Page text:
Drone Pilot SchoolIncreasing police calls in Stratford, P.E.I., show rising curiosity in drones

October 7, 2021by helo-10
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STRATFORD, P.E.I. — Drones flying through neighbourhoods and around houses are becoming more popular in Stratford as more people take up the hobby.

At a Town of Stratford council meeting on Sept. 8., Cpl. Mike Lutley with the RCMP reported the Stratford dispatch had received a call in August of a drone flying outside someone’s window.

While no evidence of someone flying a drone near the home was found, and no other calls were received, Lutley told council those types of calls were increasing.

“We’re getting more and more calls from citizens, not necessarily always with complaints all the time, more kind of curious what the laws surrounding drones are currently,” Lutley said in an interview with The Guardian. “A lot of people are reporting they are flying around neighbourhoods, not necessarily looking into people’s windows or their properties, but flying around houses and streets.”

Drones flying through neighbourhoods and around houses are becoming more popular in Stratford as more people take up the hobby. – SaltWire Network File Photo

Lutley said over the last year, Stratford RCMP has received between seven and 10 drone-related calls, a number that has increased over the last few years.

For the most part, any calls on drones usually end with officers educating the pilots on the rules and regulations. Lutley said he couldn’t think of an instance where criminal activity with a drone was suspected but assured that complaints are taken seriously.

“If someone has a complaint where they feel there is an invasion of privacy or something along those lines, then by all means we open an investigation, look into it and follow up accordingly,” said Lutley. “If we can prove someone is flying a drone and is breaching someone’s privacy, looking into someone’s windows and stuff, we could look at charging them with some type of voyeurism. If someone is repeatedly watching someone on their own property with a drone, we could look at possible charges for criminal harassment, depending on if the element of the offence is present.”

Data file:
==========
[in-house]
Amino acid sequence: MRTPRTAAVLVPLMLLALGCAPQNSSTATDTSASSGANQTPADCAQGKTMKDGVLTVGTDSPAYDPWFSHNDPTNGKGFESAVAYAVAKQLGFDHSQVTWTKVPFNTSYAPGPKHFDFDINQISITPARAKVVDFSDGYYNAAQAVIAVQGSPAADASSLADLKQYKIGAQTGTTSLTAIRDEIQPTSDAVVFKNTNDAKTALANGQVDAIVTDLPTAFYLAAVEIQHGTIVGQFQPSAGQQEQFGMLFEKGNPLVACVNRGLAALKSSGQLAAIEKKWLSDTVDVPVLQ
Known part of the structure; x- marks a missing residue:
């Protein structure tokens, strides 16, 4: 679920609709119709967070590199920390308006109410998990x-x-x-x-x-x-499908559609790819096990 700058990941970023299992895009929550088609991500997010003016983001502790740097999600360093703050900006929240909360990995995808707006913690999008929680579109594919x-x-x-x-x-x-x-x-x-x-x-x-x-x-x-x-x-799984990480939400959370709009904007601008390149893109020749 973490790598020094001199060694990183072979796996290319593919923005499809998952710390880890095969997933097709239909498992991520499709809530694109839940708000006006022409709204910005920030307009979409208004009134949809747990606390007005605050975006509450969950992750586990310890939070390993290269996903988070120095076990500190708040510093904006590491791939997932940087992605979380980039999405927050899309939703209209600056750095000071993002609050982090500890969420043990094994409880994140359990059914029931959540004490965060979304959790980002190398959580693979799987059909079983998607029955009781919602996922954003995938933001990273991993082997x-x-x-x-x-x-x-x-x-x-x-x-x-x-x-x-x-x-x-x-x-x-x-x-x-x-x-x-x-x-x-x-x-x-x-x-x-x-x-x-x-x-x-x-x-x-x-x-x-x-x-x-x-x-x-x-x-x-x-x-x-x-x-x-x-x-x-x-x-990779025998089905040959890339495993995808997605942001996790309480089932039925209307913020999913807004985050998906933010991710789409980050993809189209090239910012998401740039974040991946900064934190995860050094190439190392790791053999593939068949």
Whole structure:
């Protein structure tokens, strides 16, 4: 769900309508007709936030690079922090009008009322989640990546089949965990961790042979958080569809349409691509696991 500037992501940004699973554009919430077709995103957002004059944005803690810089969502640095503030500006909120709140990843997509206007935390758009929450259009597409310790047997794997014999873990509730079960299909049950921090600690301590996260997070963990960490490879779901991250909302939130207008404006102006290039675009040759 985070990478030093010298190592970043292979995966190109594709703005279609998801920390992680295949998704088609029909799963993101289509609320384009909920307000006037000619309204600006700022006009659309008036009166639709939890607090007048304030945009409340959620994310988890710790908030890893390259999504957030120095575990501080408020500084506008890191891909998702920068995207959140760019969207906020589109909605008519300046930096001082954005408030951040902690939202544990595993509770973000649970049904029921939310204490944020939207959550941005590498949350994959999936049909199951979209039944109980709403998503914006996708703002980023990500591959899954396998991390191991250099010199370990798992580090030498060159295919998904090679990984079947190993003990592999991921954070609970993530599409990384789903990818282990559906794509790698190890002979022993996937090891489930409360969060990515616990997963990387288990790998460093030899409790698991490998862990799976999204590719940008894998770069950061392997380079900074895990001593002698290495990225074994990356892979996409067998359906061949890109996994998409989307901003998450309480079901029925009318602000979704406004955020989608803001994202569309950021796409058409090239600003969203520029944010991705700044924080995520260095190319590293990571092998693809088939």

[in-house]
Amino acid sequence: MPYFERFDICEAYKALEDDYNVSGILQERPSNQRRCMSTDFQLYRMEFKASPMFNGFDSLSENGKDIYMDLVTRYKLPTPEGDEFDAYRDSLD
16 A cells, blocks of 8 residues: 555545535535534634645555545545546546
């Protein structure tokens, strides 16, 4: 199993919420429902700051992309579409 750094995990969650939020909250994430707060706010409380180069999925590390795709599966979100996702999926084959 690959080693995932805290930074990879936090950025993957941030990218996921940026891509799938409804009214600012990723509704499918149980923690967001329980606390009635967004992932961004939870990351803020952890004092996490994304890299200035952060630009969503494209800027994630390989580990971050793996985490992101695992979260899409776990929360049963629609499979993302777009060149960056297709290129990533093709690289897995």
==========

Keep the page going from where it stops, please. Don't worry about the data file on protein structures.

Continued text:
Related


Outside of trespassing and privacy laws, drones have their own set of rules and regulations under Transport Canada pilots need to follow. However, drones under 250 grams are not subject to a few important rules, such as the need to register the drone or have a basic drone pilot certificate.

Lutley said most of the drones related to calls officers respond to are usually in this smaller category.

Jamie Smitheram, manager of retail and customer services at Great Hobbies, said drone flying on P.E.I. is a mixed bag in terms of popularity, with the market on cheap hobby-grade drones completely crumbling over the years.

Lee Dodson, left, of Skygate Drone Services and the Atlantic Drone Flight School, said smaller, under 250 g drones are becoming more popular. These drones are excluded from some Transport Canada rules, but still need to abide by other guidelines. - Contributed
Lee Dodson, left, of Skygate Drone Services and the Atlantic Drone Flight School, said smaller, under 250 g drones are becoming more popular. These drones are excluded from some Transport Canada rules, but still need to abide by other guidelines. – Contributed

“I think it was a bit of a fad,” he said. “There wasn’t, you know 10 to 15 years ago, these little machines just bigger than a Loonie you could fly in your living room. When all that stuff came out, it was a big fad and that market eventually got over saturated. It’s no longer a big deal, everyone has seen drones fly. The novelty has worn off considerably.”

However, Smitheram said higher-end drones used for aerial photography or first-person view racing remain popular.

When told about the increase of calls to police involving drones, Smitheram said he has talked to some customers who’ve been stopped by cops while flying their drones, most of which were flying without considering where they were.

“I’ve had a few customers who have had the police called on them, as people were concerned about what the person flying the drone was doing,” he said. “I’ve never heard of anyone getting a ticket or anything like that, but I’ve definitely had customers who were flying their drones, weren’t doing it properly and got in trouble.”

Like Lutley, Smitheram said these instances are rare and often aren’t intentional. He said he’s only heard of four or five incidents over the last few years.